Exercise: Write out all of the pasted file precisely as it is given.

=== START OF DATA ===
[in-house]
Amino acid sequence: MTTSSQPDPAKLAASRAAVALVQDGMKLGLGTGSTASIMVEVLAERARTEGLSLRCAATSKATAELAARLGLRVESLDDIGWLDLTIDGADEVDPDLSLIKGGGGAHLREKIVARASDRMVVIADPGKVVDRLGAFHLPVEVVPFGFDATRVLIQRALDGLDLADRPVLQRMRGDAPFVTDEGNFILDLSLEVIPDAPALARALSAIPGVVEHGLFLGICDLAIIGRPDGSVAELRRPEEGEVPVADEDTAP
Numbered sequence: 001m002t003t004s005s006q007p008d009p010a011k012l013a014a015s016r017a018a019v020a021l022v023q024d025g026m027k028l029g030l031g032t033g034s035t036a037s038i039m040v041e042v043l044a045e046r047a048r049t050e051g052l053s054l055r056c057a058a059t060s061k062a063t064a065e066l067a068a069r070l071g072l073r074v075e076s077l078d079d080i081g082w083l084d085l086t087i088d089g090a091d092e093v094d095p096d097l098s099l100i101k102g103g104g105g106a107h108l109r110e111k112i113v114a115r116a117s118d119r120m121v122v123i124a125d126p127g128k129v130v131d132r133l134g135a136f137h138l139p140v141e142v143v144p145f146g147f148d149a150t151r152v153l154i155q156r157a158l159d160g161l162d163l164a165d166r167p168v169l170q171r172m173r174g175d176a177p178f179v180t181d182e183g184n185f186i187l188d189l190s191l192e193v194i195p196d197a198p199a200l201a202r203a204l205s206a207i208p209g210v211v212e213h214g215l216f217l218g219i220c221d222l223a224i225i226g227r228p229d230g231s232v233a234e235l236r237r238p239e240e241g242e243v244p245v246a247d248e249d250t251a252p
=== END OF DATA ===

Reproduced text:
[in-house]
Amino acid sequence: MTTSSQPDPAKLAASRAAVALVQDGMKLGLGTGSTASIMVEVLAERARTEGLSLRCAATSKATAELAARLGLRVESLDDIGWLDLTIDGADEVDPDLSLIKGGGGAHLREKIVARASDRMVVIADPGKVVDRLGAFHLPVEVVPFGFDATRVLIQRALDGLDLADRPVLQRMRGDAPFVTDEGNFILDLSLEVIPDAPALARALSAIPGVVEHGLFLGICDLAIIGRPDGSVAELRRPEEGEVPVADEDTAP
Numbered sequence: 001m002t003t004s005s006q007p008d009p010a011k012l013a014a015s016r017a018a019v020a021l022v023q024d025g026m027k028l029g030l031g032t033g034s035t036a037s038i039m040v041e042v043l044a045e046r047a048r049t050e051g052l053s054l055r056c057a058a059t060s061k062a063t064a065e066l067a068a069r070l071g072l073r074v075e076s077l078d079d080i081g082w083l084d085l086t087i088d089g090a091d092e093v094d095p096d097l098s099l100i101k102g103g104g105g106a107h108l109r110e111k112i113v114a115r116a117s118d119r120m121v122v123i124a125d126p127g128k129v130v131d132r133l134g135a136f137h138l139p140v141e142v143v144p145f146g147f148d149a150t151r152v153l154i155q156r157a158l159d160g161l162d163l164a165d166r167p168v169l170q171r172m173r174g175d176a177p178f179v180t181d182e183g184n185f186i187l188d189l190s191l192e193v194i195p196d197a198p199a200l201a202r203a204l205s206a207i208p209g210v211v212e213h214g215l216f217l218g219i220c221d222l223a224i225i226g227r228p229d230g231s232v233a234e235l236r237r238p239e240e241g242e243v244p245v246a247d248e249d250t251a252p